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Unusual conditions - advice please

Discussion in 'Legal Issues' started by Lenny, 11th May, 2016.

  1. Lenny

    Lenny Well-Known Member

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    Hi,

    We are in the process of buying another investment property and the sellers solicitors have included 2 additional conditions. We have legal council but we are after any advice here too please.

    Point 5 is pretty standard but Point 6 scares us. Is this something to seriously be concerned about and how should we proceed, if at all...?

    Thanks in advance,
    Lenny

    5. Due Diligence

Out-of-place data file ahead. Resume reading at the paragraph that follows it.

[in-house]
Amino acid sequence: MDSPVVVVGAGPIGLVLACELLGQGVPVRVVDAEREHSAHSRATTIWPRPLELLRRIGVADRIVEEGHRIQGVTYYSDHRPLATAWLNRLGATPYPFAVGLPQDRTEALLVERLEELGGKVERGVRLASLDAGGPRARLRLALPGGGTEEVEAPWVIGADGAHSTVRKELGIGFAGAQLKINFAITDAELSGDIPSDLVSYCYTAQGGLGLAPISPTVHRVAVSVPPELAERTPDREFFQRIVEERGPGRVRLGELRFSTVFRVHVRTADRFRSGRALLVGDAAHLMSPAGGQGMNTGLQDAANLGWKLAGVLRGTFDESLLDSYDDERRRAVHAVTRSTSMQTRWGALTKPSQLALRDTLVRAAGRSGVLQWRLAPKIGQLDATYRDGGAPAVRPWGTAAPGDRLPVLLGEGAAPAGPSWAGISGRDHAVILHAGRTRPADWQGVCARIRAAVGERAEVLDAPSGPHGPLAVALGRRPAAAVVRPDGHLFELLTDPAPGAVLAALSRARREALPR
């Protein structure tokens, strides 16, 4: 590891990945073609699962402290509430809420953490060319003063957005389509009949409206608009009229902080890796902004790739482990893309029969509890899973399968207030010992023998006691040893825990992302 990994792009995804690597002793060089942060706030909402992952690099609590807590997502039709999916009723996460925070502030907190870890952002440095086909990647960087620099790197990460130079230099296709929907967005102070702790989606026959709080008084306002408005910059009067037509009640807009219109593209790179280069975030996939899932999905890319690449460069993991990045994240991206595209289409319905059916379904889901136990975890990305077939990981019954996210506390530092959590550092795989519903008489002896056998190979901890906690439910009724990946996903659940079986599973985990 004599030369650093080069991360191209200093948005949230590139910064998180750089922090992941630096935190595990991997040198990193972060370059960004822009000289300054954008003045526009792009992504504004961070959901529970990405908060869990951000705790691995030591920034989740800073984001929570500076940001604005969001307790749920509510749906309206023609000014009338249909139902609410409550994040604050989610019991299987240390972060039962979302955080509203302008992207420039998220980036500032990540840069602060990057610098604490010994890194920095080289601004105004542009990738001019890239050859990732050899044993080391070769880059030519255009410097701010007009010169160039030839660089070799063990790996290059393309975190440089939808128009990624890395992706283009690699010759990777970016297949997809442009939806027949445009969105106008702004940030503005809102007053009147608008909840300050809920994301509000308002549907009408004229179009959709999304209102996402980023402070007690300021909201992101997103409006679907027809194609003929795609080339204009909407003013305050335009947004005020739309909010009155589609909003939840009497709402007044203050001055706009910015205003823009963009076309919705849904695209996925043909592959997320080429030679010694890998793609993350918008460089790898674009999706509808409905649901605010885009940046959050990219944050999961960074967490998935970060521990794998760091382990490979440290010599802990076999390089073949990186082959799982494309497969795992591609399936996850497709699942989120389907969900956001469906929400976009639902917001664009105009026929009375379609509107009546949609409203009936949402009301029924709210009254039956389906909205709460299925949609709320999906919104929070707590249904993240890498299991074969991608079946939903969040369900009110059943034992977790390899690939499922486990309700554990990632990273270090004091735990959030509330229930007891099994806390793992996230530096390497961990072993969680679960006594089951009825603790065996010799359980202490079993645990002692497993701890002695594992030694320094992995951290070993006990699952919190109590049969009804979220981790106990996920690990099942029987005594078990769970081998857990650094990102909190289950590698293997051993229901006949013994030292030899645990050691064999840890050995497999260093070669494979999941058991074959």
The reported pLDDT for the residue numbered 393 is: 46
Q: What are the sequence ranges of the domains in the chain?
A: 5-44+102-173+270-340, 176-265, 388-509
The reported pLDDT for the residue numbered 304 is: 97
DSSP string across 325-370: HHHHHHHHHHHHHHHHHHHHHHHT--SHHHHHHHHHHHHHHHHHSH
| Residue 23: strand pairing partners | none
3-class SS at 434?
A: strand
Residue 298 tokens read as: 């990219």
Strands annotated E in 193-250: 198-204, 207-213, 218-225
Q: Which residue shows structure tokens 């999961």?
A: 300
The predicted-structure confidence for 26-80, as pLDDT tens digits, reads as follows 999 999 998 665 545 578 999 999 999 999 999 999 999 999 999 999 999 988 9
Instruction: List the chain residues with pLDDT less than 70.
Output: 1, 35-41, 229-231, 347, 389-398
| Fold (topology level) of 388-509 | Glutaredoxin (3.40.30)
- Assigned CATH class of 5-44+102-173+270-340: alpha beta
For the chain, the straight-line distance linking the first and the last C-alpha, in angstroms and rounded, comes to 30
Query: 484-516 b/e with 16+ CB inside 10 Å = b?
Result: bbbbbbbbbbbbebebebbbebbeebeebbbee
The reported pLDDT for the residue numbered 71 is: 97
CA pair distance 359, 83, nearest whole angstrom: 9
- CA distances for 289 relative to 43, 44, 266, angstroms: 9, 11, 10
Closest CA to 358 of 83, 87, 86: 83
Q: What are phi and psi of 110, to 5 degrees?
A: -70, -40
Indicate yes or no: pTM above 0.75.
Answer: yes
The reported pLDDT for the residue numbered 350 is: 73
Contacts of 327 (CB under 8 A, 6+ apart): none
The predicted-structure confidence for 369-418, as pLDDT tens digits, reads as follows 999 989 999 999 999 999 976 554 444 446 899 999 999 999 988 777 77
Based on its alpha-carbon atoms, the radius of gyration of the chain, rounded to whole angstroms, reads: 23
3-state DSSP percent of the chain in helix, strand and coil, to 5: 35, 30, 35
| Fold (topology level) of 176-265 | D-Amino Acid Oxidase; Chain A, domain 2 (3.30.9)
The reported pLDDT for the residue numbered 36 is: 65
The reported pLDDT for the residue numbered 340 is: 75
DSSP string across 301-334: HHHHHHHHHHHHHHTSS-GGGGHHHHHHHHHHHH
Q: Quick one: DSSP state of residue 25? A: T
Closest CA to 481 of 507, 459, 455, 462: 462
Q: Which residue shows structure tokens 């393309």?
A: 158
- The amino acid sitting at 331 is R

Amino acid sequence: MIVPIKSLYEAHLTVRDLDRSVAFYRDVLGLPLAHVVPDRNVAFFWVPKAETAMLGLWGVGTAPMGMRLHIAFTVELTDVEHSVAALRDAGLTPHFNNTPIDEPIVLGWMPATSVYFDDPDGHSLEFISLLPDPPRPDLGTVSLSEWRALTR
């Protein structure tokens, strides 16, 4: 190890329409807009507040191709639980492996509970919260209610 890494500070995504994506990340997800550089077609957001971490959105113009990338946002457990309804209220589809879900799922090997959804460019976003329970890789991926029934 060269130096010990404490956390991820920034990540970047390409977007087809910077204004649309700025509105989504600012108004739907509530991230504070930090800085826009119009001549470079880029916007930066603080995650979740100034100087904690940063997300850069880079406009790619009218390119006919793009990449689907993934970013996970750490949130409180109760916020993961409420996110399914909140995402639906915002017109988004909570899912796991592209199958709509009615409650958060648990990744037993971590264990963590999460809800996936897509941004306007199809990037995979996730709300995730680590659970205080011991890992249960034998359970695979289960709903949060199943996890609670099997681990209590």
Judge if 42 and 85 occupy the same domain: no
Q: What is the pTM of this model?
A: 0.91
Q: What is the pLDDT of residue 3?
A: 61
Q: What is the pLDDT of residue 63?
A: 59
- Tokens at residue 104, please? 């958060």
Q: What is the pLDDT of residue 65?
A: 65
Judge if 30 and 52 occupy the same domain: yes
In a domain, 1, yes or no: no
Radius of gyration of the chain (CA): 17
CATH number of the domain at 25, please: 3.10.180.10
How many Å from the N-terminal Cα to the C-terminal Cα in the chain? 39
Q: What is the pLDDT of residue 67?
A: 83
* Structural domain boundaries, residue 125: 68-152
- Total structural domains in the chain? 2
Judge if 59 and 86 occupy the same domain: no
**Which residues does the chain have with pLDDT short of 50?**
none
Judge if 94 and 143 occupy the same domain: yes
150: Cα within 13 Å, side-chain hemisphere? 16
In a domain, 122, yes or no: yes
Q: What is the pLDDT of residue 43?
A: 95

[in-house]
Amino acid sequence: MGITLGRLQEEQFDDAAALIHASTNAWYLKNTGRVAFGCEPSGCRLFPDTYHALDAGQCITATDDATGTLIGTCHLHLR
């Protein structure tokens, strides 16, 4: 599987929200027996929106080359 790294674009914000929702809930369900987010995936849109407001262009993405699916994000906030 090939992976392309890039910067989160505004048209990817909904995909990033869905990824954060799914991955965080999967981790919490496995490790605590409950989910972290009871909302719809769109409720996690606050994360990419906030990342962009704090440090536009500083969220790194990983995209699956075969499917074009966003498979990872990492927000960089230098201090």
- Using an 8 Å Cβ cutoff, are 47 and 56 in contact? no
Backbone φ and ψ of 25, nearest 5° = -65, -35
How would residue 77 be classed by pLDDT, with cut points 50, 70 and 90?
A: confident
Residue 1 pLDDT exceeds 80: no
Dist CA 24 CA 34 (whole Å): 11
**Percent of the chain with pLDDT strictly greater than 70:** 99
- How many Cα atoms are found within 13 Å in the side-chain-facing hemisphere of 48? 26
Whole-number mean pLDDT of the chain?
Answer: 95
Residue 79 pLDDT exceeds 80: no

This contract is subject to and conditional upon the buyer conducting its own diligence enquiries in relation to the Lot within 14 days from the contract date. Should the buyer not be satisfied with its due diligence enquiries, in the buyers absolute discretion, then the buyer may elect to terminate this contract and any monies paid by way of deposit shall be refunded in full without delay.

    We further request that current special condition A (listed below) be amended to special condition 6 and to include the following words at the start of the special condition:

    6. Upon expiration or satisfaction of special condition 5, the buyer agrees to accept the property will all title encumbrances whether registered or unregistered..."
     
    Last edited: 11th May, 2016
  2. wobbycarly

    wobbycarly Well-Known Member

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    As I read it (not a lawyer), #6 just says that if you meet the diligence enquiries BEFORE 14 days, then the contract is unconditional. No need to wait for the 14 days to elapse.